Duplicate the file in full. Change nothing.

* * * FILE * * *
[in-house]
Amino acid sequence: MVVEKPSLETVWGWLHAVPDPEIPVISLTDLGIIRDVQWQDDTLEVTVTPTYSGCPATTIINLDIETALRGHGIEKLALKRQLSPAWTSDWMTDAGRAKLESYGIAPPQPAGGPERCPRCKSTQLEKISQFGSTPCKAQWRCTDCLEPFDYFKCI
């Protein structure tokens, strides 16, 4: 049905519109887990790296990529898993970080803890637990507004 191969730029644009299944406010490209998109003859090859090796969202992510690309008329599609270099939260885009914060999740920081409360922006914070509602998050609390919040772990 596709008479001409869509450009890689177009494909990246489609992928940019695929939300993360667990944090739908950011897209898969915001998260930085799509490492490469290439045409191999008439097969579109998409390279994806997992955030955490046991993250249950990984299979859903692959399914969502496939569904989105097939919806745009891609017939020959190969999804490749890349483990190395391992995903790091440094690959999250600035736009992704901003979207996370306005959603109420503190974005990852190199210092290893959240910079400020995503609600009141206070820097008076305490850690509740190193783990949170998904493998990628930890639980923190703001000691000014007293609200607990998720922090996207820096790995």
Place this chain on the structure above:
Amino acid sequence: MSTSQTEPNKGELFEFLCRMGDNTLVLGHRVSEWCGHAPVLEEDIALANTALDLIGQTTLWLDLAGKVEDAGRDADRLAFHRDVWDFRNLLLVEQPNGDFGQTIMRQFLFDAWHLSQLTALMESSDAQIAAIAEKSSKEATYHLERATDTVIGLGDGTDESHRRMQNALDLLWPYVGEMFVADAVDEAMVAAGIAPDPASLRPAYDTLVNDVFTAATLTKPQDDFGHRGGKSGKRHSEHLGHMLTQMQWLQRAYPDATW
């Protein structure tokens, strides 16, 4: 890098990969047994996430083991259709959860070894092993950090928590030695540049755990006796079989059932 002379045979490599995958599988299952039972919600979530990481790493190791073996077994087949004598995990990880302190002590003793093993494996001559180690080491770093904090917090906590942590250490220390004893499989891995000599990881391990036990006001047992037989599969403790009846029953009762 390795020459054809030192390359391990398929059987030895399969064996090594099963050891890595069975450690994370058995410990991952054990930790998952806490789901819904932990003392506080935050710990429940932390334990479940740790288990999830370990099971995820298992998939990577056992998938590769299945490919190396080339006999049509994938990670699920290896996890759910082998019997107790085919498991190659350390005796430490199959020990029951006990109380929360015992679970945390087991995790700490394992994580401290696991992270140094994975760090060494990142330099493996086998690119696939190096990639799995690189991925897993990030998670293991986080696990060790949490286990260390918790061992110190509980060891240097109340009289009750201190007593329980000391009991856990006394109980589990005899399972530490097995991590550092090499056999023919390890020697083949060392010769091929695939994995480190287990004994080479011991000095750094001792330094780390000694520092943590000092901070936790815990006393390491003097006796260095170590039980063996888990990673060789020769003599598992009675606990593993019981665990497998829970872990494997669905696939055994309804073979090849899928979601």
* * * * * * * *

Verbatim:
[in-house]
Amino acid sequence: MVVEKPSLETVWGWLHAVPDPEIPVISLTDLGIIRDVQWQDDTLEVTVTPTYSGCPATTIINLDIETALRGHGIEKLALKRQLSPAWTSDWMTDAGRAKLESYGIAPPQPAGGPERCPRCKSTQLEKISQFGSTPCKAQWRCTDCLEPFDYFKCI
């Protein structure tokens, strides 16, 4: 049905519109887990790296990529898993970080803890637990507004 191969730029644009299944406010490209998109003859090859090796969202992510690309008329599609270099939260885009914060999740920081409360922006914070509602998050609390919040772990 596709008479001409869509450009890689177009494909990246489609992928940019695929939300993360667990944090739908950011897209898969915001998260930085799509490492490469290439045409191999008439097969579109998409390279994806997992955030955490046991993250249950990984299979859903692959399914969502496939569904989105097939919806745009891609017939020959190969999804490749890349483990190395391992995903790091440094690959999250600035736009992704901003979207996370306005959603109420503190974005990852190199210092290893959240910079400020995503609600009141206070820097008076305490850690509740190193783990949170998904493998990628930890639980923190703001000691000014007293609200607990998720922090996207820096790995």
Place this chain on the structure above:
Amino acid sequence: MSTSQTEPNKGELFEFLCRMGDNTLVLGHRVSEWCGHAPVLEEDIALANTALDLIGQTTLWLDLAGKVEDAGRDADRLAFHRDVWDFRNLLLVEQPNGDFGQTIMRQFLFDAWHLSQLTALMESSDAQIAAIAEKSSKEATYHLERATDTVIGLGDGTDESHRRMQNALDLLWPYVGEMFVADAVDEAMVAAGIAPDPASLRPAYDTLVNDVFTAATLTKPQDDFGHRGGKSGKRHSEHLGHMLTQMQWLQRAYPDATW
């Protein structure tokens, strides 16, 4: 890098990969047994996430083991259709959860070894092993950090928590030695540049755990006796079989059932 002379045979490599995958599988299952039972919600979530990481790493190791073996077994087949004598995990990880302190002590003793093993494996001559180690080491770093904090917090906590942590250490220390004893499989891995000599990881391990036990006001047992037989599969403790009846029953009762 390795020459054809030192390359391990398929059987030895399969064996090594099963050891890595069975450690994370058995410990991952054990930790998952806490789901819904932990003392506080935050710990429940932390334990479940740790288990999830370990099971995820298992998939990577056992998938590769299945490919190396080339006999049509994938990670699920290896996890759910082998019997107790085919498991190659350390005796430490199959020990029951006990109380929360015992679970945390087991995790700490394992994580401290696991992270140094994975760090060494990142330099493996086998690119696939190096990639799995690189991925897993990030998670293991986080696990060790949490286990260390918790061992110190509980060891240097109340009289009750201190007593329980000391009991856990006394109980589990005899399972530490097995991590550092090499056999023919390890020697083949060392010769091929695939994995480190287990004994080479011991000095750094001792330094780390000694520092943590000092901070936790815990006393390491003097006796260095170590039980063996888990990673060789020769003599598992009675606990593993019981665990497998829970872990494997669905696939055994309804073979090849899928979601």